08.   Instant Kitten
09.   The Badger
10.   Hooter
11.   Dizzy Fox
12.   No Time

Accordion – Jim Rattigan
Acoustic Guitar, Keyboards, Programmed By – Ian Cooper
Bass, Keyboards, Programmed By – Paul Hammond
Clarinet, Flute, Piccolo Flute, Soprano Saxophone – Jimmy Hastings
Hammond Organ – Simon Kay 
Additional Percussion – Paul Johnson 
Trumpet, Harmonica – Phil James
Violin – Robert Atchison
Vocals – Robert Wyatt
Producer – Ultramarine

La Mecánica Popular ‎– La Mecánica Popular (2012)

Genre: Latin, Funk / Soul
Format: CD, Vinyl, FLAC
Label: Names You Can Trust, Perumusic Records

1.   La Paz Del Freak
2.   Ella Le Decia
3.   Guajiro
4.   Se Que Me Olvidaste
5.   Arbol
6.   Muy Distinto
Bonus Tracks
7.   Milagro
8.   La Tragaespadas
9.   Se Que Me Olvidaste (Alternate Version)

Bass – Abraham Saenz, Julio Zavala
Bongos – Louis Bauzo 
Congas – Gerome Goldsmith, Javier Ponte
Guitar, Backing Vocals – Ernesto Lucar
Lead Vocals – Joselo Samaniego, Joy Hanson
Piano – Pablo Mayor, Ricardo Canales
Synthesizer – Yvonne Ubillus
Synthesizer, Percussion, Backing Vocals – Efraín Rozas
Music By, Lyrics By – Efraín Rozas
Producer – Efraín Rozas

La Mecanica Popular, una agrupación ecléctica asentada en la ciudad de New York que interpreta -segun su terminologia- Salsa Psicodélica,  nos presenta su debut para el sello Names You Can Trust.  El octeto, nacido en el 2011 despues del encuentro de musicos peruanos, colombianos, venezolanos y estadounidenses, presenta un sonido unico, con fuertes y profundas raices en la salsa hecha popular en New York desde finales de la decada del 6o del siglo pasado. Los toques psicodélicos son añadidos por el sintetizador, interpretado por Yvonne Ubillus, y los riffs de guitarra al estilo de la cumbia chicha peruana.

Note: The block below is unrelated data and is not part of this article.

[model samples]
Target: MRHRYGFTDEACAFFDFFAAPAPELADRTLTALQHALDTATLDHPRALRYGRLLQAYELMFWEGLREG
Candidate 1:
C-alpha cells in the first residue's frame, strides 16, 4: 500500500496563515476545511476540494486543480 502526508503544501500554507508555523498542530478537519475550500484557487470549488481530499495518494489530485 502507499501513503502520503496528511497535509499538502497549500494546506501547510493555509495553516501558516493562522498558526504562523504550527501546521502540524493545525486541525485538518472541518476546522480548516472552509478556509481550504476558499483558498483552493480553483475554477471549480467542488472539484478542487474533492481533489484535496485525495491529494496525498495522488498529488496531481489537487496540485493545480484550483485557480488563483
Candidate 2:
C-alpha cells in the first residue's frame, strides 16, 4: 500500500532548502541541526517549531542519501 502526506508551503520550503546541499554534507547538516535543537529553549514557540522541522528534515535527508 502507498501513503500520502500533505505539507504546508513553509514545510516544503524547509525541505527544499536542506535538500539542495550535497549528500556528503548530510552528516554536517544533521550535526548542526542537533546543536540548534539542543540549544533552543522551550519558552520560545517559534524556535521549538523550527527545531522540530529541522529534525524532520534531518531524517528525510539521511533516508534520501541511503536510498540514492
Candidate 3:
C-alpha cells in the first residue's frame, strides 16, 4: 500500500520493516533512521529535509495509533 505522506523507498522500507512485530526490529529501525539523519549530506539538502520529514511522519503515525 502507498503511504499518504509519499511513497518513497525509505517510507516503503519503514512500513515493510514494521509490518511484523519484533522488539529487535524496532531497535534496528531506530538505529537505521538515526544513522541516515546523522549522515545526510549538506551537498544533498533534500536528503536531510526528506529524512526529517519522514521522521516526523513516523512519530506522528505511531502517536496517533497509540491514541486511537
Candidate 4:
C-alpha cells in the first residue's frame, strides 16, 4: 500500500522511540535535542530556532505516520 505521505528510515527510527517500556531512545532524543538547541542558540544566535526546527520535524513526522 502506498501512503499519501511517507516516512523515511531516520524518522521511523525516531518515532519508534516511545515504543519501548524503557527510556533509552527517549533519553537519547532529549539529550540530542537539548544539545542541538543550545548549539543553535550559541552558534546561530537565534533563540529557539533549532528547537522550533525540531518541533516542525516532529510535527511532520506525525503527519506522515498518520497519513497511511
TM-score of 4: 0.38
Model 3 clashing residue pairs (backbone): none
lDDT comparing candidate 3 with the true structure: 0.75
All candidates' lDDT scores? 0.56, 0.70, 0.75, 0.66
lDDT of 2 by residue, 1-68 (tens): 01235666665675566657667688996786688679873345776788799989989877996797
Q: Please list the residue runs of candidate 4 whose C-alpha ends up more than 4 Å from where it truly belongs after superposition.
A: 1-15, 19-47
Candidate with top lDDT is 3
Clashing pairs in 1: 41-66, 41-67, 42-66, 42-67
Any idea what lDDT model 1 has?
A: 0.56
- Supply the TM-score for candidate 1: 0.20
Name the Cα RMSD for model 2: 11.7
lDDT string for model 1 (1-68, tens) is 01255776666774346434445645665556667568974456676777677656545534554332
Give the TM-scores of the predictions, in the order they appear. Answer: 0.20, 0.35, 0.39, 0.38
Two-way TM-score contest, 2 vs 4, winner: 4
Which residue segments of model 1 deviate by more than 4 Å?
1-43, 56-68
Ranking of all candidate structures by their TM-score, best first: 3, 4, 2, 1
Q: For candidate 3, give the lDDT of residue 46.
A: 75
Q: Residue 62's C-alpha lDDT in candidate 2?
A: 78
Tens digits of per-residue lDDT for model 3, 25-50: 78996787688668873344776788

El album, el cual esta compuesto por 9 piezas escritas por su director y vocalista , el peruano Efrain Rozas, conto con la producción de Rafael “Xuxi” Lazzaro, quien trabajara con la estrella dominicana Juan Luis Guerra. 
Destacamos títulos como Muy Distinto, una explosiva descarga, así como Se Que Me Olvidaste, un bolero -aqui presente en dos versiones. Milagro una salsa mid tempo con importantes solos de Ernesto Lucar y Ismael Baiz en la guitarra y los timbales respectivamente. Ella Lo Decía es un son montuno donde se destaca su director Rozas en el solo de piano, mientras el bajista Alejandro Haaker tiene una destaca actuación en el numero Guajiro. 
La Mecanica Popular logra un debut inigualable, la elección de canciones así como los arreglos y cada uno de los instrumentistas se merecen la mejor calificación. Ojalá mas artistas siguieran su ejemplo. Musica sin concesiones y con una fuerte convicción de las propias ideas.